"We were taught, as infants, to say 'hello' and 'goodbye'"
The human race has, for millennia, faced death by caring for our dead. However, in today's modern culture, phrases such as "its just a shell" or "they're not there anymore" are often used to describe the earthly remains of those who have died. While both statements may be factually true at their core, intellectually and emotionally speaking, the body that remains is still the physical representation on this earth of someone who was loved and offered love to others.
That is why it is important to consider all of the options available for your family to say goodbye, including a private family viewing, a public viewing/visitation and having your loved one's body present at their service before the cremation occurs.
At Johnston & Williams, our goal is to help educate your family on these options and give you and your family the proper foundation to be able to cope, heal and begin the process of moving forward.
For the last 100 years, when burial was the preferred choice of disposition for most families, there was no question as to how your loved one would be cared for when you called upon the services of a funeral director. Loved ones were brought back to the funeral home, embalmed, dressed and placed in a casket for viewing, funeral services and burial in a cemetery. In other words, the basic standards of care for those who were buried were, and for the most part still are, universal across the vast majority of funeral homes.
However, over the past 50 years, as cremation has grown from the exception (less than 5% in 1960) to the norm (about 75% locally in 2019), many things have changed. The focus has shifted away from the actual body itself and more to the celebration of the life lived. We consider both equally important to the healing process and one should not take precedence over the other. To us, caring for both the family's needs and the professional care of the loved one that has been entrusted to our care are both of paramount importance.
In a culture driven by convivence, cost efficiency and depersonalization, it is important to us that we affirm to families who cremate their loved ones that they care just as deeply for them as families who select burial. We take seriously the great trust placed in us in the handling and supervision of the cremation process and believe that is the daily enforcement of our protocols that sets us apart from the vast majority of funeral homes and cremation providers in our area.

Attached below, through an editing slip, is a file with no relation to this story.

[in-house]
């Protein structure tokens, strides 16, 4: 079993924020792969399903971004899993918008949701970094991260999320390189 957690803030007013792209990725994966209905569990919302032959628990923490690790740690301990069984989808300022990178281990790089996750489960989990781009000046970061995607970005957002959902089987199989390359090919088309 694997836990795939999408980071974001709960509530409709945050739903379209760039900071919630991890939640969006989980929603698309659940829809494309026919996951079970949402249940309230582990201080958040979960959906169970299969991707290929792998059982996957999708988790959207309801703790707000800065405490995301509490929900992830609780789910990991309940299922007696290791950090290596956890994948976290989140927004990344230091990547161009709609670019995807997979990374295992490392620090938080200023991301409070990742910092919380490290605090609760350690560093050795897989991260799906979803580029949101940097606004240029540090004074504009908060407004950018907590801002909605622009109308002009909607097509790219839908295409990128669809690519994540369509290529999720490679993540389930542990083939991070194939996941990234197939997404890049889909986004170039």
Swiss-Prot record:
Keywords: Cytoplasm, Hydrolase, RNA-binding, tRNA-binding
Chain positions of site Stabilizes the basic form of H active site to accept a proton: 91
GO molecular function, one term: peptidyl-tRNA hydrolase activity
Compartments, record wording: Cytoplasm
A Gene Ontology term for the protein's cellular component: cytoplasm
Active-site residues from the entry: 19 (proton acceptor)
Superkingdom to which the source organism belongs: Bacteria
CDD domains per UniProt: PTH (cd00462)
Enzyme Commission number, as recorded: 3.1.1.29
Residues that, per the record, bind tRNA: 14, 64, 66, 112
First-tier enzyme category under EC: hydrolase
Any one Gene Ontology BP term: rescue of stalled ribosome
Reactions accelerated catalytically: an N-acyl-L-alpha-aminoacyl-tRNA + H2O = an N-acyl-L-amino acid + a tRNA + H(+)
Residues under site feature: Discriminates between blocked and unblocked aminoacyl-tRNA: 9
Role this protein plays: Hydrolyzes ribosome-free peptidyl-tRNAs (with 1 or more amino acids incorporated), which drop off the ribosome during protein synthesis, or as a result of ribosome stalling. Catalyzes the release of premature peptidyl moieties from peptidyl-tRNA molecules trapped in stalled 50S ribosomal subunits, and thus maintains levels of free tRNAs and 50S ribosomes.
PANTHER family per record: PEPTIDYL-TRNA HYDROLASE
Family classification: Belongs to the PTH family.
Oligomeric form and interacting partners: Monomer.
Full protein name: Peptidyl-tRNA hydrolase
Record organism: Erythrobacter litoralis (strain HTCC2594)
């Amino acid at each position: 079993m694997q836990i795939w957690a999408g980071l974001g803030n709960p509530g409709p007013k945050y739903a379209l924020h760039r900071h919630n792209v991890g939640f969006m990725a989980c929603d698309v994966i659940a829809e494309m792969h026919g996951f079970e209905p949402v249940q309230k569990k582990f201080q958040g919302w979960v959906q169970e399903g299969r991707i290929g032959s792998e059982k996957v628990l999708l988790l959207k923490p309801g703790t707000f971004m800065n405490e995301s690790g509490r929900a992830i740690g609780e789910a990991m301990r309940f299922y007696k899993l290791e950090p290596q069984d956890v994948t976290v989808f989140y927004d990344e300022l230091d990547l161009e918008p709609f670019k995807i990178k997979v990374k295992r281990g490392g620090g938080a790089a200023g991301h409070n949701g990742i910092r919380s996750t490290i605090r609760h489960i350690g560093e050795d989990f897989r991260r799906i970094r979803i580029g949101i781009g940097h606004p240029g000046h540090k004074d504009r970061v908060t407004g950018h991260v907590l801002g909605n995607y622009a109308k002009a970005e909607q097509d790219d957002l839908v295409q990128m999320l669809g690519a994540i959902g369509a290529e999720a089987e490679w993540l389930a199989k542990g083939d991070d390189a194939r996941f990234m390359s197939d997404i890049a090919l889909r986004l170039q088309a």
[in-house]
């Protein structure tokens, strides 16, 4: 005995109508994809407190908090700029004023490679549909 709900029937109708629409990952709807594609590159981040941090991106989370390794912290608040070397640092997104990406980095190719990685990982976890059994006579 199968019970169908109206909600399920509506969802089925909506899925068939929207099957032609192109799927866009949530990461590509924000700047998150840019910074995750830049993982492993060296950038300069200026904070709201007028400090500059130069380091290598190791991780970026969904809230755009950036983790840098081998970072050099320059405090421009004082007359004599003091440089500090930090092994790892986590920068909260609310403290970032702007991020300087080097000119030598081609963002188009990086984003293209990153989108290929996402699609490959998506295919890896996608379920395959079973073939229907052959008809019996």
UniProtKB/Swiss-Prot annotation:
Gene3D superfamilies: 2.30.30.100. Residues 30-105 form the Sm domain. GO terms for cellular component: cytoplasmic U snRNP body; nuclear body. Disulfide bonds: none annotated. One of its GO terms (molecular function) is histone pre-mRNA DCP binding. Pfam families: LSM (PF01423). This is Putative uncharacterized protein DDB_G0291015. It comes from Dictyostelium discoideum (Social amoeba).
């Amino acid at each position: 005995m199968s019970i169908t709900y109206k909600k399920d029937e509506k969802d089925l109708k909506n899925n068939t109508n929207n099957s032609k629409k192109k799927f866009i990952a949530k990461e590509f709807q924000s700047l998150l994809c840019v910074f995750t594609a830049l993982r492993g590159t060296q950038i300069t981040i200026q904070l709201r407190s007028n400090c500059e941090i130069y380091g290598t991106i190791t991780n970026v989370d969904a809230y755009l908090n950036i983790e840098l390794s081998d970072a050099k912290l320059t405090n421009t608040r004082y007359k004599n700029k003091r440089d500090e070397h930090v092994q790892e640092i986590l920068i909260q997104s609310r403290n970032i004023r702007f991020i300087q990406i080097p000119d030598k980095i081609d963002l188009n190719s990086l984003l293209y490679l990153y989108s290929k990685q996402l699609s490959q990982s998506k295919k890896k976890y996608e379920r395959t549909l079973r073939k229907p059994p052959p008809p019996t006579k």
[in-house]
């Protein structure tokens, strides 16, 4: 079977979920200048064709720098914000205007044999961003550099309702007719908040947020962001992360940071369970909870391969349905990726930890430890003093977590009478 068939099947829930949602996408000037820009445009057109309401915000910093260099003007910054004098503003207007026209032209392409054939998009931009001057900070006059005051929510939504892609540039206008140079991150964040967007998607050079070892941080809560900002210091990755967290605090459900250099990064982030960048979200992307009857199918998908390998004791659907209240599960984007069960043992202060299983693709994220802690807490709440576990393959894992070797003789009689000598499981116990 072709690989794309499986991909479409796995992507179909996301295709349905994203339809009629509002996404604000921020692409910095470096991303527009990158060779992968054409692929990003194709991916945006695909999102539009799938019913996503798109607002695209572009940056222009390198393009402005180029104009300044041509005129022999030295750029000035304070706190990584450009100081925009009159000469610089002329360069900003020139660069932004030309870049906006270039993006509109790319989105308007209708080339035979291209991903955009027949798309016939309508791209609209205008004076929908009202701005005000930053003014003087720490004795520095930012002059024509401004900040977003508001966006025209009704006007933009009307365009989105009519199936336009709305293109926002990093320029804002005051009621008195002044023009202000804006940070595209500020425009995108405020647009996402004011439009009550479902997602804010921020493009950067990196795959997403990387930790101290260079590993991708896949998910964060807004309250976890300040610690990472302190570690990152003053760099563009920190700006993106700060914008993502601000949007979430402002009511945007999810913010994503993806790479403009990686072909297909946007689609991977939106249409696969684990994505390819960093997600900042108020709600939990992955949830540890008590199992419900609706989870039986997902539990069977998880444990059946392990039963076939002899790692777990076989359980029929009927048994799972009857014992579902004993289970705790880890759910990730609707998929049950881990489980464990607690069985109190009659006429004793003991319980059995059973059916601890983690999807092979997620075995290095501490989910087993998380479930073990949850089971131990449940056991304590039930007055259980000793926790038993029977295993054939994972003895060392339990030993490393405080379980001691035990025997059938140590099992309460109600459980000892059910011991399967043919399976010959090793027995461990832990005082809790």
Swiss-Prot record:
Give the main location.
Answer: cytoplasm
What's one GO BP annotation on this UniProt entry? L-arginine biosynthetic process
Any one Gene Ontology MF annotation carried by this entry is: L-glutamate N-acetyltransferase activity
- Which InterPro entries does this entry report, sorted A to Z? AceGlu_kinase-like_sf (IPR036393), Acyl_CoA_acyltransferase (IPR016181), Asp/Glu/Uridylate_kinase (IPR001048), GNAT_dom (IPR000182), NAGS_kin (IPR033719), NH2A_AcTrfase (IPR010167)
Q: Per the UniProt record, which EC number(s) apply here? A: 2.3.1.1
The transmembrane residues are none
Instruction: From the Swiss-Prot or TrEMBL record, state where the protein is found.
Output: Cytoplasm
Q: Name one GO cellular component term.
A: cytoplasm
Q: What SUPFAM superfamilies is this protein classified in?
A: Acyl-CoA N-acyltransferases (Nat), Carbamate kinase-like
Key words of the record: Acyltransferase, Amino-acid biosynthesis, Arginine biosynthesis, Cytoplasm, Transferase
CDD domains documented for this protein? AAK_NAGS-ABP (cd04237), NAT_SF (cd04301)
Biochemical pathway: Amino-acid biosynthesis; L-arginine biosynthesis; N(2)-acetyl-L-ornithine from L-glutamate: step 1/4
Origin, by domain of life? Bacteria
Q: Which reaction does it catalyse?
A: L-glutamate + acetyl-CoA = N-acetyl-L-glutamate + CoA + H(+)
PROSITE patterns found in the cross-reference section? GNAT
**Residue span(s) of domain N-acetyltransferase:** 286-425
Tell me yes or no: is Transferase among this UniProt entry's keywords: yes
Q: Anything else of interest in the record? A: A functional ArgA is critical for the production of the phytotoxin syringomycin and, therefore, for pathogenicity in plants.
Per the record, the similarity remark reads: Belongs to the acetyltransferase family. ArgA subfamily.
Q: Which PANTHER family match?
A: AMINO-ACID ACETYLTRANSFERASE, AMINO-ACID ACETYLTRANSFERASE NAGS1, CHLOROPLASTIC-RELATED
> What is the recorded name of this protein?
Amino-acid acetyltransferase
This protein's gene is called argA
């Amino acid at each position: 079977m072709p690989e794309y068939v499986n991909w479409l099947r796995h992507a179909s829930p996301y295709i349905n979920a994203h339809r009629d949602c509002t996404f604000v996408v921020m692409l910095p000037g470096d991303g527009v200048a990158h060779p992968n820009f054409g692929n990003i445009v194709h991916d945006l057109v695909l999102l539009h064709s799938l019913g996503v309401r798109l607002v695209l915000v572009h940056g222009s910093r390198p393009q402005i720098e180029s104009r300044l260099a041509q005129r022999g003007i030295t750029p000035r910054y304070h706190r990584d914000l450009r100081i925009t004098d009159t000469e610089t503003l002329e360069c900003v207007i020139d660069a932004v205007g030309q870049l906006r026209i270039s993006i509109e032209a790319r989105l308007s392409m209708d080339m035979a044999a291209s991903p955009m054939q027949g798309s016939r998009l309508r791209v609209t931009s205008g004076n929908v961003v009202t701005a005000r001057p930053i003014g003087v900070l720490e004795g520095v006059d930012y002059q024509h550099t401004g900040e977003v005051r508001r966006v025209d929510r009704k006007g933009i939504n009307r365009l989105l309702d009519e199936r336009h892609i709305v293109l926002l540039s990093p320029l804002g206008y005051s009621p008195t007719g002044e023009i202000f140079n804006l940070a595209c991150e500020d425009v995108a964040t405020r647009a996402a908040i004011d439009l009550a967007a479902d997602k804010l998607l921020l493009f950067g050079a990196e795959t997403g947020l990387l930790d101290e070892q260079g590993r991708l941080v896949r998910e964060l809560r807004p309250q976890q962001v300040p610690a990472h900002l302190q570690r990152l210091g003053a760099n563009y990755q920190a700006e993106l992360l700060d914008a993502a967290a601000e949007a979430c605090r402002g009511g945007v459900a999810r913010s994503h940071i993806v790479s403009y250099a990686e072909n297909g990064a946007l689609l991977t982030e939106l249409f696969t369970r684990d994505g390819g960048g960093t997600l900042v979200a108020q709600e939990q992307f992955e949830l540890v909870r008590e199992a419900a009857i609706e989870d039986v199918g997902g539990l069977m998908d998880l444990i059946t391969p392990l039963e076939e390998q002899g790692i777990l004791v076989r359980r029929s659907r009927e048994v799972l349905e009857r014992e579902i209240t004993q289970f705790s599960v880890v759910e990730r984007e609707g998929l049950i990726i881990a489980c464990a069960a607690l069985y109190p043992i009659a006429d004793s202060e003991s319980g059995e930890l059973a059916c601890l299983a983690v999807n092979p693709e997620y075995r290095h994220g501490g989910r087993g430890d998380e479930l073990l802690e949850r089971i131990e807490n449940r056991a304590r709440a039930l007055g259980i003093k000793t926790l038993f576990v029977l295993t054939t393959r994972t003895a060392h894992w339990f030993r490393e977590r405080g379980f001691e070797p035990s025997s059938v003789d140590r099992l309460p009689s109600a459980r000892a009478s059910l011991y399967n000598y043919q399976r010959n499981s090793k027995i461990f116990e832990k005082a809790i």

If your loved one passes away and you are choosing cremation as the final disposition, whether you call upon our services or not, we strongly encourage you to be as scrupulous as possible in your investigation of cremation options and providers.
Some are better than others.
Ask exactly how your loved one will be handled from the very beginning to the very end of the cremation process and then compare it, along with prices, to our Standards of Care. This is a question worth asking and one that we believe demands a thorough answer.
It is important to remember that the practices and protocols of how your loved one is cared for can vary widely between funeral homes and cremation providers. When researching your options, consider not only the price of the service being offered, but the value of what your family will receive with it.
Johnston & Williams Funeral Home is the only funeral provider in Kittitas County with an on-site crematory located within the county. Your family can take comfort in knowing that, from the time we initially transfer your loved one into our care until the time we return the cremated remains to you, your loved one never leaves our facility in Ellensburg.
Our Standards of Care for handling and supervising the cremation process for families who call upon our services include:
Cremation should be thought of as an alternative to casketed burial in a cemetery, not as an alternative to ceremony. Many people believe that if their loved one is going to be cremated, they won't have the opportunity to hold a viewing or have their loved one's body present at a service. Both of those beliefs couldn't be further from the truth.
There are many options available to families who select cremation, including: